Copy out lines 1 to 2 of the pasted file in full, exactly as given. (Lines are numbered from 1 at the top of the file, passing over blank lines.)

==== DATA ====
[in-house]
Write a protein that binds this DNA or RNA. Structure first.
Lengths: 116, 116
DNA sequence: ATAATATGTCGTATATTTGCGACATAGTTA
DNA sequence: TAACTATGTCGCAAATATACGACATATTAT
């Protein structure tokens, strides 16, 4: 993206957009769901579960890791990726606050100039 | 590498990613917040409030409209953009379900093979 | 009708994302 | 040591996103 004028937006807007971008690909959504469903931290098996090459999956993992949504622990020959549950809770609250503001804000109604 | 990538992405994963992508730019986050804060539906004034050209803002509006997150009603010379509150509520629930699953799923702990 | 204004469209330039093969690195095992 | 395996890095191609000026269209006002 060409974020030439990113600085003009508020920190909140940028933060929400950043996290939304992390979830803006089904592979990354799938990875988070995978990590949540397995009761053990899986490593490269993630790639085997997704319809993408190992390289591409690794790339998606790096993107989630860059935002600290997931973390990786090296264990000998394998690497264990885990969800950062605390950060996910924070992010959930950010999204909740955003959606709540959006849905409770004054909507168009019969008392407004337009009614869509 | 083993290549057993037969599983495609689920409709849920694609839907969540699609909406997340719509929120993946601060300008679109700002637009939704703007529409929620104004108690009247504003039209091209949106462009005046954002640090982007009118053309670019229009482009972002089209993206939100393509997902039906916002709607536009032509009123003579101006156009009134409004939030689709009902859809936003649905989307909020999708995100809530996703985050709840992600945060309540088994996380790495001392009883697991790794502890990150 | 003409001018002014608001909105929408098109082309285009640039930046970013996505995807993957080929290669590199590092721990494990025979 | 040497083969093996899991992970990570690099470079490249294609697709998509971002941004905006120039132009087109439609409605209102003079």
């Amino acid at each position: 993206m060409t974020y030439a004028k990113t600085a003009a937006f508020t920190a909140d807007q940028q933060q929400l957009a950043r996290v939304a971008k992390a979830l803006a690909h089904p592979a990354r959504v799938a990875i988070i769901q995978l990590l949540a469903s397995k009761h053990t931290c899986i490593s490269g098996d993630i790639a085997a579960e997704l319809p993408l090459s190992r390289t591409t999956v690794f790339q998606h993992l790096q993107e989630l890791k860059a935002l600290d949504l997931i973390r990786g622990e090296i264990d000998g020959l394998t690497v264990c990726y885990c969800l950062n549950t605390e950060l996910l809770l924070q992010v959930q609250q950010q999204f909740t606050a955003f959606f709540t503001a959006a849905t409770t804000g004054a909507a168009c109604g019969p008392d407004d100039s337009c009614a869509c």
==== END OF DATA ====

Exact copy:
[in-house]
Write a protein that binds this DNA or RNA. Structure first.